The outermost stellar haloes of galaxies

Beyond their spectacular spiral arms and their bright central bulges, spiral galaxies are embedded in extremely faint stellar haloes, that can reveal tantalizing clues to how the galaxies formed. This elusive compoment has long defied astronomers' efforts to characterize it, but scientists at the Max-Planck-Institut fuer Astrophysik have recently developed new techniques which exploit the wealth of data in the Sloan Digital Sky Survey to pin down the properties of the luminous haloes around spiral galaxies with unprecedented accuracy. Their results have now been confirmed by the Hubble Ultra Deep Field data, the deepest view of the Universe ever.

In the currently favoured cosmological framework galaxy formation proceeds hierarchically. Small protogalaxies form first and then merge, forming stars and accreting material until they eventually reach the status of "adult" galaxies, as seen around us in the local universe. Adult galaxies come in many different shapes, from elliptical star piles, to disc-like spiral galaxies and irregular, almost chaotic systems. As a by-product of their violent assembly, a significant fraction of the stars in a galaxy is expected to be thrown out to large distances, forming a stellar halo. Observing the properties of these halo stars can reveal when and how the galaxy was assembled and clarify the physical mechanisms that govern galaxy formation.

The stellar halo around our own Galaxy, the Milky Way, has been studied since the 1950's, and progress in observational techniques over the last few years has provided a detailed and rather surprising picture of its structure. Rather than being smooth and regular many of the stars lie in streams which seem to be the remnants of disrupted dwarf companion galaxies. This structure has strongly shaped current ideas about how the Milky Way formed. But how far can we generalize such models to other galaxies than the Milky Way? Do all spiral galaxies have a stellar halo? If so, do all stellar haloes have similar properties? Due to the extreme faintness of the halo (its surface brightness, i.e. the luminosity emitted per unit area, is several hundred times fainter than in the central regions of the galaxy) observations are very difficult and are so far available only for a few nearby galaxies.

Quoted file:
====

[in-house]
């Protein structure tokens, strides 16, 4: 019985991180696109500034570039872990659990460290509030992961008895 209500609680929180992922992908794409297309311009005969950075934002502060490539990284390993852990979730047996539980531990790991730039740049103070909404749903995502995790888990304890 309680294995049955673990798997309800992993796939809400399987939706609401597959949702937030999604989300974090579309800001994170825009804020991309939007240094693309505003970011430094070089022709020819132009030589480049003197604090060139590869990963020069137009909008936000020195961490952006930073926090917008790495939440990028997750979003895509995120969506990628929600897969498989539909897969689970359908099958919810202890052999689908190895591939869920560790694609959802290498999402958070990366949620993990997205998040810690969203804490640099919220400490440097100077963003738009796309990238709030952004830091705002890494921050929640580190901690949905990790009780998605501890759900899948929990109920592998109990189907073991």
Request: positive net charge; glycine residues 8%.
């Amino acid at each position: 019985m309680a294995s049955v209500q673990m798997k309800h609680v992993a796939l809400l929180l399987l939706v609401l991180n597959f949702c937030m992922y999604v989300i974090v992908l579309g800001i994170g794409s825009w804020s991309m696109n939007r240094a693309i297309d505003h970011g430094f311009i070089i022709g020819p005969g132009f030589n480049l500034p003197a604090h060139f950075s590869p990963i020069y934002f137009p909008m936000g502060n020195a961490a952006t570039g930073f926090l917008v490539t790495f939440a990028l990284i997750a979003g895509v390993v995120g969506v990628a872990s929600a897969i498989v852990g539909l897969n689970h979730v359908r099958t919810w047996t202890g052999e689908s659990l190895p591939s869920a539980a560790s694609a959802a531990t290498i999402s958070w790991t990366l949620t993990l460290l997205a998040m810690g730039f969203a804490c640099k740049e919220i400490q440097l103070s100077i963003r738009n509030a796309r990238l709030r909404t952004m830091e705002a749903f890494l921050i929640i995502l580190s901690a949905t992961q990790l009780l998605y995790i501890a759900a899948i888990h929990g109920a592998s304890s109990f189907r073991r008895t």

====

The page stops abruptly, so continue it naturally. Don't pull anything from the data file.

Using the wealth of data provided by the Sloan Digital Sky Survey (linkPfeilExtern.gifSDSS), we have developed a new technique which stacks images of a large number of galaxies in order to increase sensitivity, on average, to the faint light from their outer parts. Our sample consists of 1054 spiral galaxies seen edge-on. The light from their haloes is then uncontaminated by superposed emission from the bright discs. We clearly detect a mean stellar halo in the stacked images, and its structural properties are quite similar to those of the few, known, individually observed spiral haloes. The statistical nature of our method enables us to quote results for "typical" galaxies and to assess the ubiquity of stellar haloes around spirals.

Fig. 1: The "mean" galaxy image which results from the stacking of 1054 galaxies in the SDSS. In the left panel the images taken in three different bands are composed in a pseudo-colour image that mimics the colour the human eye would see. The very thin disc, seen in the edge-on orientation, dominates the emission of the galaxy. In the right panel we have streched the intensity levels and used false colours to emphasize the faint halo emission surrounding the disc.

Are our results consistent with the hierarchical scenario of galaxy formation? Careful theoretical calculations of the structure expected will be needed to get a definitive answer. Our results include some definite surprises. For example, the colours of the extended halo emission are not easily explained by standard models of stellar populations. Although this might, in principle, indicate a problem with our stacking analysis, a recent study of an edge-on disc galaxy in the linkPfeilExtern.gifHubble Ultra Deep Field, the deepest view of the Universe ever, indicates similar colours for the stellar halo in this individual system.

Fig. 2: As in Fig. 1, in the left panel we show the pseudo-colour image of an edge-on disc galaxy (z=0.32) in the Hubble Ultra Deep Field. Most of the light comes from bright thin disk which displays spiral arms and dust lanes. In the right panel we stretch the intensity levels in order to show the faintest emission (note that the regions corresponding to sources other than the galaxy have been blanked out). Although this image is shallower than the SDSS stacking by a factor of approximately 5, the halo emission is apparent and the similarity between the two observations is striking.

Stefano Zibetti, Simon D. M. White, and Annette M. N. Ferguson

Further reading:
S. Zibetti, S. D. M. White, J. Brinkmann
"Haloes around edge-on disc galaxies in the Sloan Digital Sky Survey",
2004, MNRAS, 347, 556

S. Zibetti and A. M. N. Ferguson
"A faint stellar halo around an edge-on disc galaxy in the Hubble Ultra Deep Field",
MNRAS accepted (astro-ph/0406207)